Has your internet ever been shut down for? For how long? Was it as long as 2 weeks or was it less?
In the past fortnight, six states have used internet shutdowns to control law and order crises. They are West Bengal, Jammu, and Kashmir, Uttar Pradesh, Madhya Pradesh, Punjab, and Rajasthan. But of these, only two states – Madhya Pradesh and Punjab – followed the procedure laid down in rules notified by the Centre in 2017.
While there was communal tension in West Bengal following clashes during Ram Navami celebrations, large-scale security operations against militants in Kashmir on Sunday put the Valley on the boil. A day later, a Bharat Bandh called by Dalit organisations to protest a Supreme Court order on the Scheduled Castes and Scheduled Tribes (Prevention of Atrocities) Act, which they alleged diluted the law, turned violent, leaving nine dead and disrupting normal life in parts of Madhya Pradesh, Punjab, Uttar Pradesh and Rajasthan.
Apart from imposing the standard prohibitory orders, such as restrictions on the movement and assembly of people, the administration in each of these states limited or blocked internet services in affected areas.
Internet shutdown as standard procedure
Internet shutdowns have become par for the course in India in situations like these. According to a tracker maintained by the Delhi-based non-profit Software Freedom Law Centre, there have been 161 instances of internet shutdowns in the country since 2012. A bulk of these has been in the last few years.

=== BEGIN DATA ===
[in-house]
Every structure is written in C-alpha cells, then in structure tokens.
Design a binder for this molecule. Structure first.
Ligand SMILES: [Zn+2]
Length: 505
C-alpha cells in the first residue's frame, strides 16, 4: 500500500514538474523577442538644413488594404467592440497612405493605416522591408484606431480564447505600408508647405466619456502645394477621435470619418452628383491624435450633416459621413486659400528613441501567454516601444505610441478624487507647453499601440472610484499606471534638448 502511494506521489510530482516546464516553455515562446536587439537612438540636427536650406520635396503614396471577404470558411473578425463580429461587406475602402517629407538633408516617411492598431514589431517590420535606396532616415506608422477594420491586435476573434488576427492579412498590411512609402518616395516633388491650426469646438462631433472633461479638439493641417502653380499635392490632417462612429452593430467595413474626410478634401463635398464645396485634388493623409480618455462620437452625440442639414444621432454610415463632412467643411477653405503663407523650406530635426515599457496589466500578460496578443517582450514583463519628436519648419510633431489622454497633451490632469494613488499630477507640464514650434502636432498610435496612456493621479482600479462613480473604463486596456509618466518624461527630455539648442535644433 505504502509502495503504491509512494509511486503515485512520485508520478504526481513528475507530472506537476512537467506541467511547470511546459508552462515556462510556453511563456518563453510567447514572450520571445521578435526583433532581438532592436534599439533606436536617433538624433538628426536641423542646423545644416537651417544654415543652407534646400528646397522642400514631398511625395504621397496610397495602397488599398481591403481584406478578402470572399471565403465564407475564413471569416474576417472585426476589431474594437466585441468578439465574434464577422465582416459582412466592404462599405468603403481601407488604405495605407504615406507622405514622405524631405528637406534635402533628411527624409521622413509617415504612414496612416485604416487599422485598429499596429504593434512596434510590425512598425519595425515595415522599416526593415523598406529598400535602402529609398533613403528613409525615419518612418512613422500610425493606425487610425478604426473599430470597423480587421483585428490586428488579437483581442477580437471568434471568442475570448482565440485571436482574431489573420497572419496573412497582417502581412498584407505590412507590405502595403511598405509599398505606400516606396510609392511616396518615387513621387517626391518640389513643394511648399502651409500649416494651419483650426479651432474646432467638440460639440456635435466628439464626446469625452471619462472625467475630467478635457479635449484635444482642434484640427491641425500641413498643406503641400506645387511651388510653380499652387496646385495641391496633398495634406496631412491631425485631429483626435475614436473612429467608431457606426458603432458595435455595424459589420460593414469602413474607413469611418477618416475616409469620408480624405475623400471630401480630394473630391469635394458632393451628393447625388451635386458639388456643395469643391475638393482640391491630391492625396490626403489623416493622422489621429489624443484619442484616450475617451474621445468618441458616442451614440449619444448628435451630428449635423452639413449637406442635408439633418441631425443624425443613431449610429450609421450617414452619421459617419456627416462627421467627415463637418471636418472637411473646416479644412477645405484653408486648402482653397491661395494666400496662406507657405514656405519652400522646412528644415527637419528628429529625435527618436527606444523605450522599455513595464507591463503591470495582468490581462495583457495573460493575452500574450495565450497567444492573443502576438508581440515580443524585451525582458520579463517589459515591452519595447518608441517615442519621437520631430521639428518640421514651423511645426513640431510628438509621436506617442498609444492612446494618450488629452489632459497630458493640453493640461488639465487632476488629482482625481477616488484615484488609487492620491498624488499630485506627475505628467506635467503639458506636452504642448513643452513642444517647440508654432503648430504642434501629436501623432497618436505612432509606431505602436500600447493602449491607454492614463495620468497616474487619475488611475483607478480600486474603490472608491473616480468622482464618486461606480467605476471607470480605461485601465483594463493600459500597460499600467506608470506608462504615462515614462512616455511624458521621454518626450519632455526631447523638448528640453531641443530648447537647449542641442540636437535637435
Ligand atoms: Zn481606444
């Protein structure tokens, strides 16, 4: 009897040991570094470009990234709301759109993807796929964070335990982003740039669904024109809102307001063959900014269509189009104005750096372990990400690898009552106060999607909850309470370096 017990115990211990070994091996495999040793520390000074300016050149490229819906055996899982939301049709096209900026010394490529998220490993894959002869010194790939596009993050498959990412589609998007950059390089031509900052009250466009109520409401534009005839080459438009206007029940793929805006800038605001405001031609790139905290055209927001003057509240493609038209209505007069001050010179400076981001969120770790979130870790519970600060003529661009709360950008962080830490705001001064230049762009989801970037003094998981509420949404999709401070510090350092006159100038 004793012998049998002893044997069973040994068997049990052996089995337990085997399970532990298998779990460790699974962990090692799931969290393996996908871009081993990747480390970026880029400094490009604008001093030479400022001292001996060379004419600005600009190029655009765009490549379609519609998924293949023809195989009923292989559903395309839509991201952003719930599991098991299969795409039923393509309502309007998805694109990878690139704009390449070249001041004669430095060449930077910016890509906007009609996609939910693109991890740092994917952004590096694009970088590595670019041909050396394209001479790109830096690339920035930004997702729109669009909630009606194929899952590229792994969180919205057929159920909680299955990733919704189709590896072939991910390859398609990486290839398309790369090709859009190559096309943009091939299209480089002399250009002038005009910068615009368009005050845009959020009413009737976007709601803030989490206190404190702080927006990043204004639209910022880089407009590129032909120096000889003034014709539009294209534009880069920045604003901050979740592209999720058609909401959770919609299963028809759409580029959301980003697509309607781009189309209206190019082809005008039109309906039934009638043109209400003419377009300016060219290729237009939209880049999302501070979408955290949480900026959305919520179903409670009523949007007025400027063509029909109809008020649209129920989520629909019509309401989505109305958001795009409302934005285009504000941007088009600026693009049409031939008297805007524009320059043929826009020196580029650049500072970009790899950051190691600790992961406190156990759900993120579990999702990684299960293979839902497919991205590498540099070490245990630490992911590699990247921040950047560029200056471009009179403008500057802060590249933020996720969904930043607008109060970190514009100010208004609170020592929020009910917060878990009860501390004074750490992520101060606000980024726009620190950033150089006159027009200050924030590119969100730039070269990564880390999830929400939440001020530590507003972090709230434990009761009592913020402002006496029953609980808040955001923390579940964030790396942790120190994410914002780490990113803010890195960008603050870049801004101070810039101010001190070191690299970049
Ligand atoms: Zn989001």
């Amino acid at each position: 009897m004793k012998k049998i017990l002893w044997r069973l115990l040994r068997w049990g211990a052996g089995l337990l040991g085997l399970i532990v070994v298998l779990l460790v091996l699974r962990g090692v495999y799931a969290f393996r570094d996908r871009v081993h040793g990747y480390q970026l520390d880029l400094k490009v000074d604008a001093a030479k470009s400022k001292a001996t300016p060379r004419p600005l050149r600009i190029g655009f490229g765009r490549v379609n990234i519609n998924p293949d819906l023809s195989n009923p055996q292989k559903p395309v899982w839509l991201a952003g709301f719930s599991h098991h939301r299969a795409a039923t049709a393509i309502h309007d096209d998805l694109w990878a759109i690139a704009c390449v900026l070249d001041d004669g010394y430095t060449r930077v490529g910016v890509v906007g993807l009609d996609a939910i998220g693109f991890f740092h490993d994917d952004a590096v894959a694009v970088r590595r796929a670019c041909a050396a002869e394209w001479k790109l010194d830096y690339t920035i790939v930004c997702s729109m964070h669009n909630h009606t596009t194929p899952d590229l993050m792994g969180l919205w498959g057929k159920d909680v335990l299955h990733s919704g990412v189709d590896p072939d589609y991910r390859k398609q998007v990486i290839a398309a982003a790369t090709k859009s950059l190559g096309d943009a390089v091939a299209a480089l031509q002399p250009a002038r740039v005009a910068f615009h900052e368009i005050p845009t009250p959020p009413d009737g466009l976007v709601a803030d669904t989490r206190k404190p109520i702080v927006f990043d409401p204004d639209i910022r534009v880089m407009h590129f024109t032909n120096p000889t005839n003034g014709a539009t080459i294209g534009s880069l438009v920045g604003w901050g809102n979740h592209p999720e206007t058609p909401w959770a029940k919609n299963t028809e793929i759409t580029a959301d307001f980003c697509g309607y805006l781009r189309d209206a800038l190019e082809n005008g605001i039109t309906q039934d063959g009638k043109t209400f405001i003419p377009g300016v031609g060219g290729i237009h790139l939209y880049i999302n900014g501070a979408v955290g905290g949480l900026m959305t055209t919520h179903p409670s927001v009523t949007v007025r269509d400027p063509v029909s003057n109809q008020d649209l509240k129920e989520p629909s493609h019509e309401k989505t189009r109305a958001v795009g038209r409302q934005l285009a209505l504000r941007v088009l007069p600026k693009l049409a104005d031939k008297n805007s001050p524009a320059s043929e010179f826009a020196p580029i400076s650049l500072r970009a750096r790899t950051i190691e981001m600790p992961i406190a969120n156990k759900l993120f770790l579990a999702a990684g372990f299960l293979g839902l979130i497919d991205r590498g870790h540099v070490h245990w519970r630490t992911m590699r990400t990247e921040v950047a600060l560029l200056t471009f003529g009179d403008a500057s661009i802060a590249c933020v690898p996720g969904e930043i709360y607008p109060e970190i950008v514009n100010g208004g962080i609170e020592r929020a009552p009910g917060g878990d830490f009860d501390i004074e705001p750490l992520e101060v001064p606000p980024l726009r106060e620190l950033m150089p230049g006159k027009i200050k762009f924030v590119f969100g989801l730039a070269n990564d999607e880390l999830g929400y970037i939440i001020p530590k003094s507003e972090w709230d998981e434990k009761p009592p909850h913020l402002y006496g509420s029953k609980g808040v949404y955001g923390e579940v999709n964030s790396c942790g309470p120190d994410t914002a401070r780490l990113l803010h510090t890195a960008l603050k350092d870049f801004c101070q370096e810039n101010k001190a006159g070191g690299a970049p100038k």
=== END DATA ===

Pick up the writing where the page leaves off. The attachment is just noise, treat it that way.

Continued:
In 2016, there were 31 shutdowns; in 2017, there were 70. This year, the number till the afternoon of April 5 stood at 32. These numbers are among the highest in the world.
Local administrations maintain the internet is often used to spread rumors and instigate violence. Hence, short-term suspension of services in times of law and order crises helps keep the situation under control.
But India’s high rate of internet shutdowns has often been criticised by human rights groups and press freedom organizations on the grounds that they violate press freedom and infringe upon human rights.
There are also economic costs to these outages. A report by the think-tank Brookings India said that in 2016, India lost close to Rs 6,000 crore as a result of internet bans.
The new rules
Responding to some of these concerns, the Central government in September came up with rules to legislate the authority required and procedures to be followed to “temporarily suspend telecom services” in case of “public emergency or public safety”. Issued by the Ministry of Communications under the Indian Telegraph Act, 1885, these rules were codified as the Temporary Suspension of Telecom Services (Public Emergency or Public Safety) Rules, 2017.
These rules confer the status of competent authority on the Union home secretary when the order is issued by the government of India. For a state government, the power lies with the state home secretary. In “unavoidable circumstances”, though, orders could be issued by an officer “not below the rank of a joint secretary to the government of India, who has been duly authorized by the Union home secretary or the state home secretary”.
But many have expressed concerns about these rules too, claiming that they lack clarity and were passed without public consultation. The United States-based Committee to Protect Journalists called the rules arbitrary and a “severe form of censorship that deprives journalists of a key platform for gathering and disseminating news, and the country’s citizens of vital access to news and information”.
Yet, an examination of the official orders notifying recent internet shutdowns suggests that most states do not follow these rules.